EFFECT launches a state-supported public GIS-tool for rural land users: saving honeybees and the environment

News releases - 14/06/2023

The use of technology is increasingly important in the agricultural sector. It can help monitor production trends, provide data on current crops and forecasts on those for the following season

EFFECT launches a state-supported public GIS-tool for rural land users: saving honeybees and the environment

Contemporary landscape is human-driven, due to either agricultural activities, silviculture or the maintenance of semi-natural habitats. As a consequence, pollinators, including domestic honeybees, and beekeepers have to adjust to intensive changes of the forage source on a yearly basis. Professional beekeepers need to be particularly reactive and constantly informed in order to be productive and to ensure the well-being of their honeybees,  because they manage hundreds or thousands of hives over a large region. Farmers also need more knowledge about the presence of honeybees in their fields.

The case study 9 of the project EFFECT in Estonia in collaboration with Estonian Land Board released a public GIS-tool to promote swift information exchange between rural landscape users, named CountrysideGIS. This tool consists of multiple thematic map layers taken from different state departments and databases, and it also provides the latest Sentinel-2 satellite images from Copernicus.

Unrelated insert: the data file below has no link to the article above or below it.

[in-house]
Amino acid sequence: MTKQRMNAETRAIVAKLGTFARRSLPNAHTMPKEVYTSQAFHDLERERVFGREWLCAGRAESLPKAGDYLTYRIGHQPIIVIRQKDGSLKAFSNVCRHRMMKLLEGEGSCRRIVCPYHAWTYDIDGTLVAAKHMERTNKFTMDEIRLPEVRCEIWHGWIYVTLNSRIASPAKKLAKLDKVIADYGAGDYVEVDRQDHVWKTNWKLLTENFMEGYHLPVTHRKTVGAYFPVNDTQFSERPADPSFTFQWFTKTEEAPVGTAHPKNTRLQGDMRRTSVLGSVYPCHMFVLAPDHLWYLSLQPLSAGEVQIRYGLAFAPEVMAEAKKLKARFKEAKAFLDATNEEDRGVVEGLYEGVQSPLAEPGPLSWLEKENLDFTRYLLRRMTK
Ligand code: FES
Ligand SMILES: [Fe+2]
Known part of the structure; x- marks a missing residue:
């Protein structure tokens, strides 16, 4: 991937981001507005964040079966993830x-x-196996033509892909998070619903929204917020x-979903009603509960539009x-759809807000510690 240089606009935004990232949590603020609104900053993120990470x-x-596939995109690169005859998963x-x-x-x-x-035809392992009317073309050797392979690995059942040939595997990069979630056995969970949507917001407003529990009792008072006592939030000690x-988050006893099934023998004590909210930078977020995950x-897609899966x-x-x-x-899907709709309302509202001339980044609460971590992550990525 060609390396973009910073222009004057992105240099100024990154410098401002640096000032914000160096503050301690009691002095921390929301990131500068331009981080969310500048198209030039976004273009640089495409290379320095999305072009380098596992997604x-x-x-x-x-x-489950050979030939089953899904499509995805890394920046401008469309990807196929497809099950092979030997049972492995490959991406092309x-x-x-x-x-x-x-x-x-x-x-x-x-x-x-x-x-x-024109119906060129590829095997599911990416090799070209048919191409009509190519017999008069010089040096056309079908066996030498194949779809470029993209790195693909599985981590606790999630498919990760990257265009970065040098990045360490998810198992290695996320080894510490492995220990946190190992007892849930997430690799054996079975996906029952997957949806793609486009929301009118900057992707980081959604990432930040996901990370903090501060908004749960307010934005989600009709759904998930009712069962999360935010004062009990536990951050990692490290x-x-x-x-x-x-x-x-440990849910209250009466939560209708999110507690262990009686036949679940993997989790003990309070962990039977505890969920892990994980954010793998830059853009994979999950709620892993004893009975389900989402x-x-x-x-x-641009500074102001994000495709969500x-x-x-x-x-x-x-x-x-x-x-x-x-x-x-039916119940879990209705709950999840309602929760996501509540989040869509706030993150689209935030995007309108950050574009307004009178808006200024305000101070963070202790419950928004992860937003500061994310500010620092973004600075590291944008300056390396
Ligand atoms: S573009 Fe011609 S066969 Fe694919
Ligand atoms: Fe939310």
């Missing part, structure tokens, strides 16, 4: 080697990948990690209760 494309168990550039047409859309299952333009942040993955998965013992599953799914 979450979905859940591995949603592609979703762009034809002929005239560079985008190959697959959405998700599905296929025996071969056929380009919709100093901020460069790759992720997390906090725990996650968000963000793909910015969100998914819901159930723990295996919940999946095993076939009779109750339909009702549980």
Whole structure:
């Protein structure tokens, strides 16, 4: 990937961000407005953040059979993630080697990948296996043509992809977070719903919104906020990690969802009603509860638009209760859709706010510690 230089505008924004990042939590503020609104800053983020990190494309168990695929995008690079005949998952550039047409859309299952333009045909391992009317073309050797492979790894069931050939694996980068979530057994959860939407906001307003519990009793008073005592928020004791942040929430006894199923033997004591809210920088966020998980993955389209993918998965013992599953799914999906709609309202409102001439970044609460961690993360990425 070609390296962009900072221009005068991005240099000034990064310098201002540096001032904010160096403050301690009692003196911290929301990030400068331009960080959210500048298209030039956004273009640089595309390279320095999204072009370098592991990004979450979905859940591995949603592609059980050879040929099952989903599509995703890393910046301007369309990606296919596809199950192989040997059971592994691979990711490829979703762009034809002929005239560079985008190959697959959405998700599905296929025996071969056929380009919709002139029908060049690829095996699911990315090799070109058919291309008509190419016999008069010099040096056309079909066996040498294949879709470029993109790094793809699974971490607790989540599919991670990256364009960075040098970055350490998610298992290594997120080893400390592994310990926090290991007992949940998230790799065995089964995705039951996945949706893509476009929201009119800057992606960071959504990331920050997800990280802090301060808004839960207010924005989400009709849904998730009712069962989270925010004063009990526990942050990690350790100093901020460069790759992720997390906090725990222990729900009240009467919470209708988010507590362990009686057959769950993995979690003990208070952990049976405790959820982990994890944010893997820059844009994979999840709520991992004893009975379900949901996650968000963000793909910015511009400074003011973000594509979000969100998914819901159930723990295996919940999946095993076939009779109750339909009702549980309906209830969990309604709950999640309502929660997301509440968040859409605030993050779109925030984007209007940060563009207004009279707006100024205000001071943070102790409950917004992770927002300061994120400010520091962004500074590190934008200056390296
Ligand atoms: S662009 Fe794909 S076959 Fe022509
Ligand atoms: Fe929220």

For beekeepers, this is a very useful tool because it provides special easy-to-use extractions of crop data and crop predictions for the next season. In particular, winter oilseed rape dominates many crop areas and that is where the early summer forage of honeybees comes from: knowing the field locations in advance and precisely can help beekeepers to adjust bees accordingly and maximise their well-being. On the other hand, farmers can assess the state of their crops, e.g. using NDVI-images from Sentinel. The tool also gives information about forest management, which aims to improve the forage of ‘forest-honey’ as well as organic honey. Farmers and managers of semi-natural areas can support the natural environment by planning ecological restoration using collections of historic maps and aerophotos.

GIS-tool has been launched and it’s now a reality. It has been tested both for beekeeping and in forests. It was presented in many occasions and explained to beekeepers, land planners and managers throughout workshops and seminars.

Image: Beekeepers learning to use the CountrysideGIS tool at the seminar in Olustvere (Olustvere School of Service and Rural Economics). Photo by Gerly Veeleid

For more information, please contact Jaan Liira (University of Tartu): jaan.liira@ut.ee

News by Jaan Liira, University of Tartu